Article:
You go away for a bit and, when you get home, find out from friends just how many good shows you’ve missed. It’s inevitable, I suppose; Winter is the busiest time of the theatre year in SE Queensland. The indies are out in full force right now joining the main-house and touring productions at QPAC – harbingers for the coming Brisbane Festival and its accompanying fringe events in early spring.
It’s not hard to miss a show or two in Brisbane these days. The range and general quality is impressive. Greenroom has missed a couple or come to them late in their season – no bad thing of course, although it does mean you have rather missed the bus when it comes to getting a review out in the usual time frame for such things. As a side note, I managed to catch the marvellous Venus in Fur from Queensland Theatre Company before it closed last week. The reviews were universally glowing, and deservedly so for David Ives‘ intellectual hijinks superbly directed by Andrea Moor and magnificently played by Libby Munro and Todd Macdonald. People are still talking about it; I don’t think they knew what had hit them. Plays like this confirm why we love theatre. As do productions like The Lady of the House of Love an equally beautifully realised fantasy but in another theatrical key altogether. I also came late to this production and I am so glad I did not miss it. Continue reading Review: The Lady of the House of Love – Queensland Music Festival, Brisbane City Council and Metro Arts – Sue Benner Theatre
QTC has kicked off its first production in the inaugural Studio season with An Oak Tree by Tim Crouch, a UK actor-writer. The play is directed in another first (his) by the Company’s new Artistic Associate Todd MacDonald. An Oak Tree has had a good performance track record since its first appearance at Edinburgh’s Traverse Theatre in 2005. For QTC it’s played out over 75 minutes in a new configuration in the BB Studio complete with red curtain, a little stage, plastic chairs and small drinks tables – yes you can bring yours in if you like – there’s no interval, by the way. It’s rather like a cosy Leagues Club somewhere, which is handy, because we learn that is where this performance within a performance takes place.
By the way, there is a tree in An Oak Tree. It takes its name from an art work (1973) by Michael Craig-Martin. However, the play’s tree is one spun out of your own imagination – a virtual tree, if you like. Read the Wikipedia entry on Craig-Martin’s artwork highlighted above, or scan your programme and you will get some sense of what Crouch’s play explores: need, faith, the capacity to give credence to the impossible – like transubstantiation or a change in the form or substance of something. An example is the sacramental bread and wine which, during the consecration at a Catholic Mass, is believed to become the body and blood of Christ whilst maintaining its original appearance. From another angle, theatre makers talk about ‘the willing suspension of disbelief’ as part of the transaction between the work of art on stage and the audience’s reception of it. On a more human level An Oak Tree is about grieving and coping and the terrible vulnerability of the human condition.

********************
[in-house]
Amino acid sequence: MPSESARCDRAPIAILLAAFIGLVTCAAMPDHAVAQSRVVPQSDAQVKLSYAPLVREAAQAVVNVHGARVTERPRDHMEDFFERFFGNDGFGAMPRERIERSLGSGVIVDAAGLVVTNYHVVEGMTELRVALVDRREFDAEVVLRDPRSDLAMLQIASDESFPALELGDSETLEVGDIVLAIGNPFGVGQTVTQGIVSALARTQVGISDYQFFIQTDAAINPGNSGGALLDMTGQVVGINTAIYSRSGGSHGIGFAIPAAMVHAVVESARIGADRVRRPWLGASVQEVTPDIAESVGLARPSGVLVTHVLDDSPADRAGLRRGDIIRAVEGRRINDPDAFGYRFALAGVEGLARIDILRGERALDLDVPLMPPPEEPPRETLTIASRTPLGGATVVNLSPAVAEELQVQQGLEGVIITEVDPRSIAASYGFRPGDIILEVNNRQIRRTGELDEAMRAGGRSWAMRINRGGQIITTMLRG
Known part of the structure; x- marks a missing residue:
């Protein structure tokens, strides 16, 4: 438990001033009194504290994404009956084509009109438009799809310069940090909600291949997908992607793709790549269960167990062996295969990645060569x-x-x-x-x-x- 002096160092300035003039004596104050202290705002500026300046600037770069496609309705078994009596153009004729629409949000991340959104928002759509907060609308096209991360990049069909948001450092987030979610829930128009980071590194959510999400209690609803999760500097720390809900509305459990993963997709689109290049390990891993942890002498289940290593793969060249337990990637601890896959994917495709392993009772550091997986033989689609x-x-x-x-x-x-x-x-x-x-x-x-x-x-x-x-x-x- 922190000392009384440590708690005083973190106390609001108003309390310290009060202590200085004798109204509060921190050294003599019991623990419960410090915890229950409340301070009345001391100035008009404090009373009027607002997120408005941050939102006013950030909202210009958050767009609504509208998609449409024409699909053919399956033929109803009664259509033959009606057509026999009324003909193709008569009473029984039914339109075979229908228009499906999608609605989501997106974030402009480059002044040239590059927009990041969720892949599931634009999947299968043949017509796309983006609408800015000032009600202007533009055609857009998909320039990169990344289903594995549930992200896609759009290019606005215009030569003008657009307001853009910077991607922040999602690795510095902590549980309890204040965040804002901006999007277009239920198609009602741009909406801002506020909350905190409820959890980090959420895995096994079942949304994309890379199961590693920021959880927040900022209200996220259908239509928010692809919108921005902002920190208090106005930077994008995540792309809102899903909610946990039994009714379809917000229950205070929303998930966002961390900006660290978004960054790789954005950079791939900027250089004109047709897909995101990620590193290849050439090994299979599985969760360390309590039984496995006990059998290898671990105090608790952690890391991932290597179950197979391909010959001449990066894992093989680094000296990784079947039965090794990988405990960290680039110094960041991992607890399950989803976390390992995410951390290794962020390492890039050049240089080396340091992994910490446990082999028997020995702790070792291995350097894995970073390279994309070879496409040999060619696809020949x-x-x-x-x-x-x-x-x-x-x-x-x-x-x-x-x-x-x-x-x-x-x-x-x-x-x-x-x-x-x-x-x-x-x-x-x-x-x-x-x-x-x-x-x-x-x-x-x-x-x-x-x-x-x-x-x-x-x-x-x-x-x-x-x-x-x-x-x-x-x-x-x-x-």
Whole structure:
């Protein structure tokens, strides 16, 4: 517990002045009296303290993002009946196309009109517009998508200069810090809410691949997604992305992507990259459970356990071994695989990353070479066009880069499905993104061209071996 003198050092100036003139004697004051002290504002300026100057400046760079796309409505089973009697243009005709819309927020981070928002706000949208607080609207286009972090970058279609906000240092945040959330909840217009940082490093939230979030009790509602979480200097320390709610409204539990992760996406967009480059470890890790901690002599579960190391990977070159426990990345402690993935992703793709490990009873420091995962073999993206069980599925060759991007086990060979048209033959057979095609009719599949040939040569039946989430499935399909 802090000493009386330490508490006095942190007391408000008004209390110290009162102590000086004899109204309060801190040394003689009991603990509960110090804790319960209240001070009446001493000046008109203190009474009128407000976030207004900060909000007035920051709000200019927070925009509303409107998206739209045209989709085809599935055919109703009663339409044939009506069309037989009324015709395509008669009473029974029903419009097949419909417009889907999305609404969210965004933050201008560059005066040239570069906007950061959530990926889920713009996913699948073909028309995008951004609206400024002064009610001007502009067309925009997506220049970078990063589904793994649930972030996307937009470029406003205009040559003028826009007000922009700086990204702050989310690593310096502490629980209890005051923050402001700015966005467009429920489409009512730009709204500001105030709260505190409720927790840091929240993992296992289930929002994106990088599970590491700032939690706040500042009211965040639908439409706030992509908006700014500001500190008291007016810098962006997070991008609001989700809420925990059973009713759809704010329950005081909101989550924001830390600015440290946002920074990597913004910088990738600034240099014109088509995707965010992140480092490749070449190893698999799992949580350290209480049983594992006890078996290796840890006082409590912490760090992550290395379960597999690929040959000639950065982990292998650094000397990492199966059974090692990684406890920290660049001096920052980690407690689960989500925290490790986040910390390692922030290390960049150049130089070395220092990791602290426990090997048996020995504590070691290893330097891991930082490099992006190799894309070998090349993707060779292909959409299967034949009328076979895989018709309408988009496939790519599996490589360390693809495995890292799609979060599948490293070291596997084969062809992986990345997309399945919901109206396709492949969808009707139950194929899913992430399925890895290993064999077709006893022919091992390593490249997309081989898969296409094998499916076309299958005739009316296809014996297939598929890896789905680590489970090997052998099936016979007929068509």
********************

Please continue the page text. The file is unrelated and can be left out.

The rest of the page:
An Oak Tree is a small but very rich and detailed work. It is not a play for the inattentive or the casual observer, or for actors afraid to step outside their comfort zone.
However, whilst it plays with your head and with dramatic structure and language An Oak Tree‘s narrative line is quite simple and, I promise, there are no spoilers if you read further. Two people – one, a hypnotist and the other an audience member – come together in what is, supposedly, a hypnotist’s act in a club – all for a bit of fun, ladies and gentlemen. Ostensibly strangers at this point, it turns out the pair have a shared history which is gradually revealed. The individual trajectories of their lives intersected at what dramatists used to call the ‘inciting incident.’ Here, it’s one which has devastated both. Their lives have continued, but each has been crippled by that moment in the past when both were forever changed. The content and subject of the play revolves around their interaction on stage and the playing out of their coping and survival mechanisms. Almost inevitably, their lives bleed into one another; we see their becoming as one-another by the play’s end. Continue reading Review: An Oak Tree – Queensland Theatre Company @ Bille Brown Studio